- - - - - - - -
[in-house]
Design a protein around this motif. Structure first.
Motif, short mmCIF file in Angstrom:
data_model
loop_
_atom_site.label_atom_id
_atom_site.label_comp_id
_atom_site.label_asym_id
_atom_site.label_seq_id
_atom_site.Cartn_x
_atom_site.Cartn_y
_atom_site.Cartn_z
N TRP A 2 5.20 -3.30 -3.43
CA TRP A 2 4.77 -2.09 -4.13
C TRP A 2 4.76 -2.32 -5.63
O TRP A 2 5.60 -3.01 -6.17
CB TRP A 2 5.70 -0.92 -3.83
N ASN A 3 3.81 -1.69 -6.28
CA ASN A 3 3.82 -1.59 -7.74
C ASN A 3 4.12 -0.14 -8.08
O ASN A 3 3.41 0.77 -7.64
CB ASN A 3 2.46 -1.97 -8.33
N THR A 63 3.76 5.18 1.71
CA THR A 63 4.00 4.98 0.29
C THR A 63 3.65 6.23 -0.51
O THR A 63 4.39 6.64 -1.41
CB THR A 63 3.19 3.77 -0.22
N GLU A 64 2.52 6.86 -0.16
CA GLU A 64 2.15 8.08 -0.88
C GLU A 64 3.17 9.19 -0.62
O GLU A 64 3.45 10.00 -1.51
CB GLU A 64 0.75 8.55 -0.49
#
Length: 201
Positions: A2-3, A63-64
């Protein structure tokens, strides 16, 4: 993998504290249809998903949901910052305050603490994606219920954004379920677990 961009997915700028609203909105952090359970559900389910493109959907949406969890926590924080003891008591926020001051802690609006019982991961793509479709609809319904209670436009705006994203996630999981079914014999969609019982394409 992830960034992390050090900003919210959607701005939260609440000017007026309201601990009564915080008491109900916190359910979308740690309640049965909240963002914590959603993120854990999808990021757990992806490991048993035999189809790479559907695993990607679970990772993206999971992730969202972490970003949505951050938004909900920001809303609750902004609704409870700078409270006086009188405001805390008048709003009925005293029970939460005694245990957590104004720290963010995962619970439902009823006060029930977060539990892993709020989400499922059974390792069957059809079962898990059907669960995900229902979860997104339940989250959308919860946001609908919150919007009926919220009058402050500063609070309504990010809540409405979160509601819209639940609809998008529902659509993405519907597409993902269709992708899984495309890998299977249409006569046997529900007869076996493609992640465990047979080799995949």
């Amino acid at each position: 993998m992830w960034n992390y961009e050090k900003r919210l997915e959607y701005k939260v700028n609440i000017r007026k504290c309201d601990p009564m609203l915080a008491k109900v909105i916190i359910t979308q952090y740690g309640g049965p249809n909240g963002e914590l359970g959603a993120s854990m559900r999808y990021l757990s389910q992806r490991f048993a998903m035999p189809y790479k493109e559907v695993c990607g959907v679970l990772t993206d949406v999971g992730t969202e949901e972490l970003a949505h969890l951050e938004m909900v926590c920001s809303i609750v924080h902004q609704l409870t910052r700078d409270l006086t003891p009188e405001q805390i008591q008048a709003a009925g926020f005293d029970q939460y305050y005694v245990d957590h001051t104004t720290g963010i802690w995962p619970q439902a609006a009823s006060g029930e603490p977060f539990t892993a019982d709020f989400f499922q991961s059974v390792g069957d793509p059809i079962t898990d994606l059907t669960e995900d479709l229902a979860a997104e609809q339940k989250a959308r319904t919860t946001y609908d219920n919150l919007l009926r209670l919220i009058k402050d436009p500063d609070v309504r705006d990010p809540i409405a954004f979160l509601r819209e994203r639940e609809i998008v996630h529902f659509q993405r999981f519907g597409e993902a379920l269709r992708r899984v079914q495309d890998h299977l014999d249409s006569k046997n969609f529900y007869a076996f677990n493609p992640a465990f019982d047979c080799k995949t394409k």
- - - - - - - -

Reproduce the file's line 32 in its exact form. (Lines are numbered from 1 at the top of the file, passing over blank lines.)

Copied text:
CB GLU A 64 0.75 8.55 -0.49